It gets its name from the miters of the priests of the Temple of Jerusalem

Mitznefet, the history of the helmet cover used by Israeli Army soldiers

Soldiers of the Israel Defense Forces have been recognizable for decades by two features of their field uniforms.

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The first characteristic is that these uniforms are mostly light olive green. Unlike other modern armies, the Israel Defense Forces does not seem to be very fond of camouflage uniforms, although they have used them and they have been evaluating some. On the one hand, Israel preserves the tradition of the first soldiers of its War of Independence in 1948, who wore khaki and olive green uniforms. Furthermore, this uniformity has a distinctive function in military operations, since the vast majority of Hamas, Islamic Jihad and Hezbollah terrorists wear camouflage uniforms of different types.

The second characteristic of Israeli uniformity, and specifically of its field uniforms, is the mitznefet, the curious helmet cover worn by many Israeli soldiers. Unlike the helmet covers used by most armies in the world, the mitznefet is irregular and exceeds the contour of the helmet quite a bit. Aesthetically it does not seem like an elegant accessory, but its function has nothing to do with aesthetics.

In its first decades of history, Israeli soldiers used various types of helmets, including the famous American M-1 and the British Mk.II and Mk.III and the French Modèle 1951. These helmets were initially used without a cover and later various nets typical of paratrooper forces were applied to them, which in addition to serving to hold leaves and branches, also made the helmet reflect less sunlight. Often, a strip of black rubber was added to the camouflage net.

In the 1970s, the Israel Defense Forces began using one of the world's first ballistic helmets, the 1976 Kasda OR-201, made of fiberglass and Kevlar. The OR-404 version was manufactured with a grainy khaki finish, a solution that the Polish Army had already adopted with its Wz.31 helmets in 1933 to avoid reflections. Despite this feature, the roundness of the helmet continued to obscure the silhouette of the Israeli soldiers, a problem that was not solved with traditional helmet nets.

In the 1990s, fighting Hezbollah terrorists in southern Lebanon, the Israeli Army began adopting larger, irregularly shaped helmet covers to distort the silhouette of his soldiers in combat operations. Due to Israeli traditions, this sheath received the nickname "mitznefet", which means miter in Hebrew. That was the name of the miters worn by the Jewish priests of the Temple of Jerusalem in Antiquity.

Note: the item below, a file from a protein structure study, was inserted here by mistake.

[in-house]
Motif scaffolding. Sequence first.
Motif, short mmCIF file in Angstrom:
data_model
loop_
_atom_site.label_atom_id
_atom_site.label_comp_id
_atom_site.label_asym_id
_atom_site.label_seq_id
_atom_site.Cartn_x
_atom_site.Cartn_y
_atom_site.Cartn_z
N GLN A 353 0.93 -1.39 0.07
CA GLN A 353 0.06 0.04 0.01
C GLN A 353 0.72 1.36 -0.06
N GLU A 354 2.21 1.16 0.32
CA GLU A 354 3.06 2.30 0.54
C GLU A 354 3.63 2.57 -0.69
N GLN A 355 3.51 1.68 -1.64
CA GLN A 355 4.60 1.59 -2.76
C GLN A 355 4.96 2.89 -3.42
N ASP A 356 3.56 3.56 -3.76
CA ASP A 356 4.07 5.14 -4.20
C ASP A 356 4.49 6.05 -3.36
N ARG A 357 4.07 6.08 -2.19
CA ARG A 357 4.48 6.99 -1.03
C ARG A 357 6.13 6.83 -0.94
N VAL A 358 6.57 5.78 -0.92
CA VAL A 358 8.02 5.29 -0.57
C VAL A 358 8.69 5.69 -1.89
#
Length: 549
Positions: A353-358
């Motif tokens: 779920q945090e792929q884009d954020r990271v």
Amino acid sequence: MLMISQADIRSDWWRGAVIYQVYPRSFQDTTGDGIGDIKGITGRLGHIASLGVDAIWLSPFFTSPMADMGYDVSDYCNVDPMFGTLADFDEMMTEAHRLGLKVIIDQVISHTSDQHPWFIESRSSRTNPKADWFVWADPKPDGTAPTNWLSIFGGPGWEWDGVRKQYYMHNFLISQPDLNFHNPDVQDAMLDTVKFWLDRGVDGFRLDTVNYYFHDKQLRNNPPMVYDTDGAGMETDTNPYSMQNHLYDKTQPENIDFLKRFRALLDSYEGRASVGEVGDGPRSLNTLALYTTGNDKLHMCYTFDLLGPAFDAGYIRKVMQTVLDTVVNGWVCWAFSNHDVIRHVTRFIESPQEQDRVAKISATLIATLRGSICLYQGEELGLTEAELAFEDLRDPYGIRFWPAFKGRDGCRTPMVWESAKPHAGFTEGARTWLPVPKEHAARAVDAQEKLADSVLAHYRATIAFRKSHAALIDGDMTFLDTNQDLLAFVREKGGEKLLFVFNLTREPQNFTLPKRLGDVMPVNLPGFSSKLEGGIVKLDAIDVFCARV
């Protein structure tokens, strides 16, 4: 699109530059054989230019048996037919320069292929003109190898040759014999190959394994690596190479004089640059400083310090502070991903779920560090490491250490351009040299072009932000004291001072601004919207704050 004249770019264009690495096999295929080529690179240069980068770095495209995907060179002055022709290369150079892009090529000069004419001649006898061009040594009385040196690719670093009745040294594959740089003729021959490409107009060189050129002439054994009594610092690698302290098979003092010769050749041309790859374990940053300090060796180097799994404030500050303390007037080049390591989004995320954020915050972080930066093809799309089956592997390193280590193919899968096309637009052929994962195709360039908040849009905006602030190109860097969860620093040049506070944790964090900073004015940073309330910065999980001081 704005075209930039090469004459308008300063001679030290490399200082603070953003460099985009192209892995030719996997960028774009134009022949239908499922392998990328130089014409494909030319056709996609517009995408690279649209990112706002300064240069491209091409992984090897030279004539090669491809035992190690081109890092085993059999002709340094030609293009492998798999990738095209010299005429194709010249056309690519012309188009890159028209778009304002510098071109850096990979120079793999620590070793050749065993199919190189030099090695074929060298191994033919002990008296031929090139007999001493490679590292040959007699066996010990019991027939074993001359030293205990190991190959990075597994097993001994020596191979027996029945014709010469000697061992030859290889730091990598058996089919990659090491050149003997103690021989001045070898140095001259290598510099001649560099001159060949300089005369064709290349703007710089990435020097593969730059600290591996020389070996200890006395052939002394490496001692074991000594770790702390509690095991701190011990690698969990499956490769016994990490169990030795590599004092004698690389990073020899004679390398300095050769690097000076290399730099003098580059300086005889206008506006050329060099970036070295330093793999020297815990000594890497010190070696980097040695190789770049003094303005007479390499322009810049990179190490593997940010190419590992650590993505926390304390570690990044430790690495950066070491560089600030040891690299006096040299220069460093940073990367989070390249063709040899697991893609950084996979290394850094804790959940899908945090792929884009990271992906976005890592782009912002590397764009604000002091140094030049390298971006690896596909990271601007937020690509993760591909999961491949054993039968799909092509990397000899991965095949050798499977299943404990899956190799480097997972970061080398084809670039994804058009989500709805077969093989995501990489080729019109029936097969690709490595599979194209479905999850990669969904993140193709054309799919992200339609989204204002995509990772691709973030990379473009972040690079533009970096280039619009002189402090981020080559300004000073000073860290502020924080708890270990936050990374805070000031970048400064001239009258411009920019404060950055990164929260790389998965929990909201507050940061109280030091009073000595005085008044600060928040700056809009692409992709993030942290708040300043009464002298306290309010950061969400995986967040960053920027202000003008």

Initially, the mitznefet of the Israeli Army was made with camouflage nets of various patterns, adapting to the needs and environment of each military unit. Currently, mitznefets are already made from the factory, with the fastenings to anchor them to the helmet. It is common for mitznefets to have two color tones: on one side with more desert tones and on the other with more forest tones, in order to adapt it to the environment. Although the most common version is a camouflage net, there are also plain mitznefets with different mimetic patterns.

In addition to its function of distorting the silhouette of the soldier, the mitznefet has another function: combating the heat, a considerable problem in the Middle East. Due to its mesh shape and the spaces it leaves between the cover and the helmet, the mitznefet allows better ventilation of the helmet and prevents it from overheating with exposure to the sun.

There is some debate about the effectiveness of mitznefet. Its ability to distort the silhouette of the soldier is unquestionable, but in urban areas it is not very useful and can cause problems, due to the net's propensity to catch on some objects. However, there is one fact that indicates that it is a very effective accessory, and that is that some Hamas terrorists have also ended up adopting this cover, probably after seeing its advantages.

Currently, the mitznefet has become widespread among the infantry troops of the Israeli Army, being one of its most characteristic garments. However, its use is not extended to all units of the Israel Defense Forces. Special operations units do not usually use it, due to the specific needs of their missions, and choose to use conventional helmets expressly designed for this type of operations.


Photos: Israel Defense Forces.

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